Why you won't see much live coverage of first trial in John Hernandez's death

Terry Thompson appears in a courtroom in Houston on June 12, 2018.
Terry Thompson appears in a courtroom in Houston on June 12, 2018. (KPRC)

HOUSTON – The first trial connected to the death of John Hernandez began in Houston this week, and many people have been asking why they can’t watch live coverage of the proceedings.

The short answer: There's an order by the presiding judge preventing it.

Here’s the longer explanation.

Judge Keli Johnson, who hears cases in the 178th Criminal Court in Harris County, prohibited any livestreaming of video or audio from inside the courtroom during most of the trial. The only exceptions are during opening statements, closing arguments and the verdict.

Terry Thompson and his wife, Chauna Thompson, a former Harris County deputy, have been charged with murder in connection with Hernandez’s death after a confrontation outside a Denny’s restaurant in Crosby in May 2017.

Before Terry Thompson’s trial began Wednesday, Johnson reminded everyone of her order that not only restricts video and audio from inside the courtroom, but also photography.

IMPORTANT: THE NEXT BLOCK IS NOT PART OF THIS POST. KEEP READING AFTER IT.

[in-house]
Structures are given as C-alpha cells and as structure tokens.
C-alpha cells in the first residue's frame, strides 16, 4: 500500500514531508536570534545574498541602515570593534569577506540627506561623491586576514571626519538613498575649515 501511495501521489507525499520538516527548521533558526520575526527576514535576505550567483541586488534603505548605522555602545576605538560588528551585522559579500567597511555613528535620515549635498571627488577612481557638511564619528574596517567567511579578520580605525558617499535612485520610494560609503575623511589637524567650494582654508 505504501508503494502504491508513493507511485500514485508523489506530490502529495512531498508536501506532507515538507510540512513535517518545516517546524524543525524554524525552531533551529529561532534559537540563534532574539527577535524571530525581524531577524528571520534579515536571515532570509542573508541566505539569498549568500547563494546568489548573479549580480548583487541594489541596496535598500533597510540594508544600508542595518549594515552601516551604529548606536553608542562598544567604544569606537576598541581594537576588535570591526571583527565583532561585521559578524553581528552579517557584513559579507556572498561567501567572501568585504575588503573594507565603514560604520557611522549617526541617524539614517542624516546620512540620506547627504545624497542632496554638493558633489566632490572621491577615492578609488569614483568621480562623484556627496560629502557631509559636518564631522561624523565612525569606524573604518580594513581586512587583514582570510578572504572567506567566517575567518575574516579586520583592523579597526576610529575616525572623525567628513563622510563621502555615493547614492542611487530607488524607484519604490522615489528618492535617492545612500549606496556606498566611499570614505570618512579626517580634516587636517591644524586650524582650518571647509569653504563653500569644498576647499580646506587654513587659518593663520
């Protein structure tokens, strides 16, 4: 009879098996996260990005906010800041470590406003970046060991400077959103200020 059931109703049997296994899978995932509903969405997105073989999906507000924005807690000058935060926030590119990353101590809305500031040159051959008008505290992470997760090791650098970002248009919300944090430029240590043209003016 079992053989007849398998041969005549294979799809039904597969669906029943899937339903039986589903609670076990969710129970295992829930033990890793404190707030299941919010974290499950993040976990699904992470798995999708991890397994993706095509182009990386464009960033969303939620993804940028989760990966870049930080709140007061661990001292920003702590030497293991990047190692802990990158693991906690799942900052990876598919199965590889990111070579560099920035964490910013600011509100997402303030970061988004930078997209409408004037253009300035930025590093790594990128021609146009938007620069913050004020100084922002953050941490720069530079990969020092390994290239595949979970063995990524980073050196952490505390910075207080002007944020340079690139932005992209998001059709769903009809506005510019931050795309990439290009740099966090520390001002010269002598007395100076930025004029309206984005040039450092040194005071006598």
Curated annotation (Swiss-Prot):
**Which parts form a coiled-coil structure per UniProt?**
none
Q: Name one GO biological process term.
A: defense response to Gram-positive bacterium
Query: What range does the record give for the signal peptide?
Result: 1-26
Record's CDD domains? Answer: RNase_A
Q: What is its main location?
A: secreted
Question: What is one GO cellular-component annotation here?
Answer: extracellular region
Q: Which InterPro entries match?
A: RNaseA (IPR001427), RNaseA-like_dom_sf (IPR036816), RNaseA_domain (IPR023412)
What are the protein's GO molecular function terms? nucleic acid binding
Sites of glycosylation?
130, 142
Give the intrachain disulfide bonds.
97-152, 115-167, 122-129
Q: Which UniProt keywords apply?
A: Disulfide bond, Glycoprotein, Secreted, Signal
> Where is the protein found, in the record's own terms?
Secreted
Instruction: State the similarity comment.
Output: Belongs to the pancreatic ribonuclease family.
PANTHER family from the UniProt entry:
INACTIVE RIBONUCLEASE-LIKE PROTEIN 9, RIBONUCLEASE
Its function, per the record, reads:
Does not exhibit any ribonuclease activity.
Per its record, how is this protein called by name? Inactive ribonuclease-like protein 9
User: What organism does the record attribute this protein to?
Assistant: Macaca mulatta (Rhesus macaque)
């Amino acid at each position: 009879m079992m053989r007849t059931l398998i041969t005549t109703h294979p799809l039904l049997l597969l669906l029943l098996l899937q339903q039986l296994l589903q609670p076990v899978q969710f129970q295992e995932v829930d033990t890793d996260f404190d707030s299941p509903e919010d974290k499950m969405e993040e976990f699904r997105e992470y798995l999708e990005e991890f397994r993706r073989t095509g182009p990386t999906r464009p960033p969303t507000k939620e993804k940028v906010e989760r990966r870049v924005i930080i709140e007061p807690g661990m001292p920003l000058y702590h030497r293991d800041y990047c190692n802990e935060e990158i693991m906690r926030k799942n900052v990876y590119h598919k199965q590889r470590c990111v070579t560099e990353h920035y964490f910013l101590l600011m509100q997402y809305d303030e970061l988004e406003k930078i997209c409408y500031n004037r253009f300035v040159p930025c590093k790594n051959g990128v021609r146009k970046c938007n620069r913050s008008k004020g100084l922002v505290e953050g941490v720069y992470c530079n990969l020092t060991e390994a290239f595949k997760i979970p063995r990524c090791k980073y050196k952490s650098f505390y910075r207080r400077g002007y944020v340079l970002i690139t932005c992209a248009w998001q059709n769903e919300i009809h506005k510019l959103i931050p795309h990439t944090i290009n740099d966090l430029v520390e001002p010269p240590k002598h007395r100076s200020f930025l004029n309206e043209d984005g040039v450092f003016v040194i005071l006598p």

“If your cellphone is found, it will be seized,” Johnson said to the gallery. “Also, if you violate any of the court’s order that could subject you to contempt of court. That’s six months in jail, day-for-day, and up to a $500 fine … and, absolutely, if you are caught livestreaming, I will hold you in contempt.”

The only video that viewers will see on KPRC2 during the course of testimony is what is shot through a window into the courtroom. Audio is not allowed to be recorded by the media.

A KPRC2 reporter is allowed inside the courtroom to hear the proceedings, which is where the information in the reports originates.

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